I recently bought a 3D home design program but wasn't happy with how it hung up once I had created most of the interior of our house.  I contacted the company that created the program and they said it was designed to run on a 64 bit machine.  I never upgraded to 64 bit because my AutoCAD program is 32 bit only.      

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On 08/02/2017 at 4:54 PM, Julie Mo said:

Ron, when I was working on a 3D AutoCAD build on the electrical installation for a data center, we had 32 bit computers that continually crashed.  I leaned very hard on my boss to get me and my assistant more powerful computers, so the company bought two computers the IT guy said cost $5K each.  The crashes were dramatically reduced but they still happened. 

 

I coordinated with the mechanical contractor at least once a day on that job and told him we had some success reducing crashes.  He and his assistant were experiencing the same thing.  They ended up buying 64 bit machines and crashes became a thing of the past for them.  FWIW, we were both using AutoCAD MEP 2008 but they had to buy the 64 bit version with the new machines.

 

I recently bought a 3D home design program but wasn't happy with how it hung up once I had created most of the interior of our house.  I contacted the company that created the program and they said it was designed to run on a 64 bit machine.  I never upgraded to 64 bit because my AutoCAD program is 32 bit only.      

You can run a 32bit program on a 64bit machine. It just doesn't use the available resources optimal. You should run a mixed system on a 64bit machine. That way you can use your old, and newer programs. You should take into account that even a lot of so called 64bit programs do not use the possiilities of the machine to the max. Furthermore, if you have a multi core procesor, your memory should be large enough too. Often a mere 8gb is used but that is minimal for a 64bit system. Check what your motherbord and cpu combination can handle.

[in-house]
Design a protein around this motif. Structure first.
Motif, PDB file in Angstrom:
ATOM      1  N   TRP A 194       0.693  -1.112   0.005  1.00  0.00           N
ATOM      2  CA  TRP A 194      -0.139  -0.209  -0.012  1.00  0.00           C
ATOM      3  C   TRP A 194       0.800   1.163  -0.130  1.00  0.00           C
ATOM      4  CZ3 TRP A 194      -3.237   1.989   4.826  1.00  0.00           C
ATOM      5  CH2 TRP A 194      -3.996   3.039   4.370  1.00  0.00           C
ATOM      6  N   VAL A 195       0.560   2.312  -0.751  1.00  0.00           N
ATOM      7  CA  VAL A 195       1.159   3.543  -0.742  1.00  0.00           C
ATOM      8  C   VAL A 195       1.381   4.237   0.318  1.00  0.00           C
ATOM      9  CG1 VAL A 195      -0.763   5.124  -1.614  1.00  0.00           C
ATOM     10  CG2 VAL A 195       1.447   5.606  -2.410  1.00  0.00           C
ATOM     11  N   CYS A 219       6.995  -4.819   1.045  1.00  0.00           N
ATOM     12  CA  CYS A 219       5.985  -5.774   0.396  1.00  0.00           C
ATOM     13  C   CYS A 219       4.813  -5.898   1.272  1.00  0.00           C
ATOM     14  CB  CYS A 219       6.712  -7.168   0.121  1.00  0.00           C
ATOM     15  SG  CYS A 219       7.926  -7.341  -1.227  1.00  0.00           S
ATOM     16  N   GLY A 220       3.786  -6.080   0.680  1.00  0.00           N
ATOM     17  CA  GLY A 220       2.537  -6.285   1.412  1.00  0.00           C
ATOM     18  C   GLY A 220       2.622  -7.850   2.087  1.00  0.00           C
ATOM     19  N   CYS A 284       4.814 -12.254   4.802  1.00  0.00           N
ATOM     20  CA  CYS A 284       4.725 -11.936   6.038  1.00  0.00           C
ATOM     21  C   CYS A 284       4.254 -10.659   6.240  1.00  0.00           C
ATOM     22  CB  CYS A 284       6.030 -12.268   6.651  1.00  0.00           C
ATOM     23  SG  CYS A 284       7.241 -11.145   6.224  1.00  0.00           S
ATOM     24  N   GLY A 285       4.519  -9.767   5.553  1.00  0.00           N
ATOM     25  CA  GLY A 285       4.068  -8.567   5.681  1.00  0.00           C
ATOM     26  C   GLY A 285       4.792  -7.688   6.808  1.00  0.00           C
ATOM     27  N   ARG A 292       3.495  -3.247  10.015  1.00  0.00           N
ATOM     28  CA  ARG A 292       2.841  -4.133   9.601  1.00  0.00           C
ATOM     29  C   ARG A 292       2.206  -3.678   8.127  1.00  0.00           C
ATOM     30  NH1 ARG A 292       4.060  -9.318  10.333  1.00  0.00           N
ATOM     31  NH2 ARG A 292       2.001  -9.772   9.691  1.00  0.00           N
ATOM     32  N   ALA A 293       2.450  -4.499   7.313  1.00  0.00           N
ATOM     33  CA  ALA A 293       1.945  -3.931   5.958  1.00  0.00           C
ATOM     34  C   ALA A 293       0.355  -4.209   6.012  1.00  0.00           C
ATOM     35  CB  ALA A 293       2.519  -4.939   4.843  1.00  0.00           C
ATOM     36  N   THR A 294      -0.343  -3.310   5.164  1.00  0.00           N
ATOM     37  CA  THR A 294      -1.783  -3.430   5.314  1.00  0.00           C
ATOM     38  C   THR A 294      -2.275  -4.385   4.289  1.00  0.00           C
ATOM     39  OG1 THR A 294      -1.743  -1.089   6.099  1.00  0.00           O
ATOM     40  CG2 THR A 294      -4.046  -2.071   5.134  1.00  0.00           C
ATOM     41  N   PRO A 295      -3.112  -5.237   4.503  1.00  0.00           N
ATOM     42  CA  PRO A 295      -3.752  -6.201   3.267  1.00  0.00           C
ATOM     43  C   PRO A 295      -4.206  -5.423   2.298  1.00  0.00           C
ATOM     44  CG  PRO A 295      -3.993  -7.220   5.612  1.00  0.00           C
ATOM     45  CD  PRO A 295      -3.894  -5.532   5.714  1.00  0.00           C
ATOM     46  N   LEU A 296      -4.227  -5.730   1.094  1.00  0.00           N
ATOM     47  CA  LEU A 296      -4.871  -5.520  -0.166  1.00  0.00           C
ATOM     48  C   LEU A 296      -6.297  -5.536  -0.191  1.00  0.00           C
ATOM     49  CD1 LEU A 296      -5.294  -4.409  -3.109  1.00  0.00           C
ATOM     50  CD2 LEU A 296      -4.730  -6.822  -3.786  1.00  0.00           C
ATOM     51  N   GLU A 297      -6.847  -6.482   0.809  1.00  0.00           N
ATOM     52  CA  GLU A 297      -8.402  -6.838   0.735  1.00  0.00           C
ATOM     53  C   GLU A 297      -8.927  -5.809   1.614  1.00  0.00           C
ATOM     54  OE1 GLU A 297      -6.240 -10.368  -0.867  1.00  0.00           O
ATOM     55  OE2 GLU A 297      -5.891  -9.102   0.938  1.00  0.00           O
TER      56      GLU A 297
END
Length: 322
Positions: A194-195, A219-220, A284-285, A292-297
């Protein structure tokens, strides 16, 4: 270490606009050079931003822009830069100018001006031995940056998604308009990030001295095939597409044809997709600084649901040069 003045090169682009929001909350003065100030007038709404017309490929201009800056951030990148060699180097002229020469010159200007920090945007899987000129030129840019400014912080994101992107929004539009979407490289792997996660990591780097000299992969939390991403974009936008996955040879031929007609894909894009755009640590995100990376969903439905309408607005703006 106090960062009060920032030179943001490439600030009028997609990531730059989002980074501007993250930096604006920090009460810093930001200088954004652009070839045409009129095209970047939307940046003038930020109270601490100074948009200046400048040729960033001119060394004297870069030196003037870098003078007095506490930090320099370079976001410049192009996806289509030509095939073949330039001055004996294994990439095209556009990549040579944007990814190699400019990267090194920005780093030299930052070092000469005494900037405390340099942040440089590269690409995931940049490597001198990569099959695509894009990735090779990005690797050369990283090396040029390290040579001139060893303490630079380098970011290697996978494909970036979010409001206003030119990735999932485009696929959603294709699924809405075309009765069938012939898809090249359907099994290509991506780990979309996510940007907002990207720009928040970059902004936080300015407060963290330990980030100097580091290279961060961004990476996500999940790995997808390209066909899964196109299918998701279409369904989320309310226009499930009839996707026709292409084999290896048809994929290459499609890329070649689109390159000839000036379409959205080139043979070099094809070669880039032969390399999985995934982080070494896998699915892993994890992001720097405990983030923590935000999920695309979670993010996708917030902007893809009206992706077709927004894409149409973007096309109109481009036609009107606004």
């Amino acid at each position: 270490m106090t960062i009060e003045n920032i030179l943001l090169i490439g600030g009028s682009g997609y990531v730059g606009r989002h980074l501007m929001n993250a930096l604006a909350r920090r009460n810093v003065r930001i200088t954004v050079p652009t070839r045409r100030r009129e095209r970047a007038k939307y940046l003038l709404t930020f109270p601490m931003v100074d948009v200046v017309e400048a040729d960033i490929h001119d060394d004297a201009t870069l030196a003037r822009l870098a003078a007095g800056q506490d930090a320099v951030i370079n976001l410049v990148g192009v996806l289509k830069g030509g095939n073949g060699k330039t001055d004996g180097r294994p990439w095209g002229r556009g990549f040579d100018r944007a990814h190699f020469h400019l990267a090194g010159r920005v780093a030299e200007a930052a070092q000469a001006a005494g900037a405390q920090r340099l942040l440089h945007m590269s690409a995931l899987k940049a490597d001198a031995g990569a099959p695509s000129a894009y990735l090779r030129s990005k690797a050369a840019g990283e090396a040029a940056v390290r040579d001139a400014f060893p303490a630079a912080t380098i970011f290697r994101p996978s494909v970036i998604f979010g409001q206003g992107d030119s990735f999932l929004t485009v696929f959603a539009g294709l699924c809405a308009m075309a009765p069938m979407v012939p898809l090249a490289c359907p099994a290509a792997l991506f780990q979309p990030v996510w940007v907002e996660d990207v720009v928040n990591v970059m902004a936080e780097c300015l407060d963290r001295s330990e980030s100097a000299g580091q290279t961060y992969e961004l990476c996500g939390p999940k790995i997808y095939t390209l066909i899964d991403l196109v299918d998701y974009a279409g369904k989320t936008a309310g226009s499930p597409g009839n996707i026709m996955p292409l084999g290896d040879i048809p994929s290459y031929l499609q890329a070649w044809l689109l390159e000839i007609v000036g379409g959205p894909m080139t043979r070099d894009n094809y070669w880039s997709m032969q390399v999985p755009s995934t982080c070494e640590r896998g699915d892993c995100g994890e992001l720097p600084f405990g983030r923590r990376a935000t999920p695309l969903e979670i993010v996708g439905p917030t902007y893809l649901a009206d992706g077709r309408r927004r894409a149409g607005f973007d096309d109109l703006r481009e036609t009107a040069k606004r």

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I have installed DraftSight after readding this thead. But I cannot launch it. :(

I have tried some solutions but without success. So. I want to ask if anybody has a solution what works. ;)

 

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tabycz

I presume you are running a windows box. Go to Administrative tools|Event viewer

Select Windows Logs|Application

the Column Source is the program. Check if iDraftSight shows up, you can find the problem at Level = Error

 

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FYI, Shapeways, the 3D printing company, shared an email today that lists five popular (and free) 3D drafting programs that you can use to create models suitable for 3D printing.

 

They are:

TinkerCAD

Sketchup (good for creating deck furniture, rigging components, etc. Frames and planking are more difficult)

Sculptris (a free version of Zbrush)

3D Slash (not recommended for ship modeling; too blocky)

Ultimaker's Cura (checks models before 3D printing)

 

And there are always Blender and DELFTship. These are also free, but their learning curves are pretty steep.

 

Terry

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Posted (edited)

Just a helpful tip to get SolidWorks, if you join the EAA (the Experimental Aircraft Association) for their annual membership fee of $20, you can get a free license of SolidWorks student edition.  This is the cheapest way to get a copy other than pirating. 

Edited by rtwpsom2

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Posted (edited)

Maybe it's time to renew my EAA membership. SolidWork is part of the French Dassault Systemes.

EAA annual membership is 40 dollars according to their website.

 

Edited by Nirvana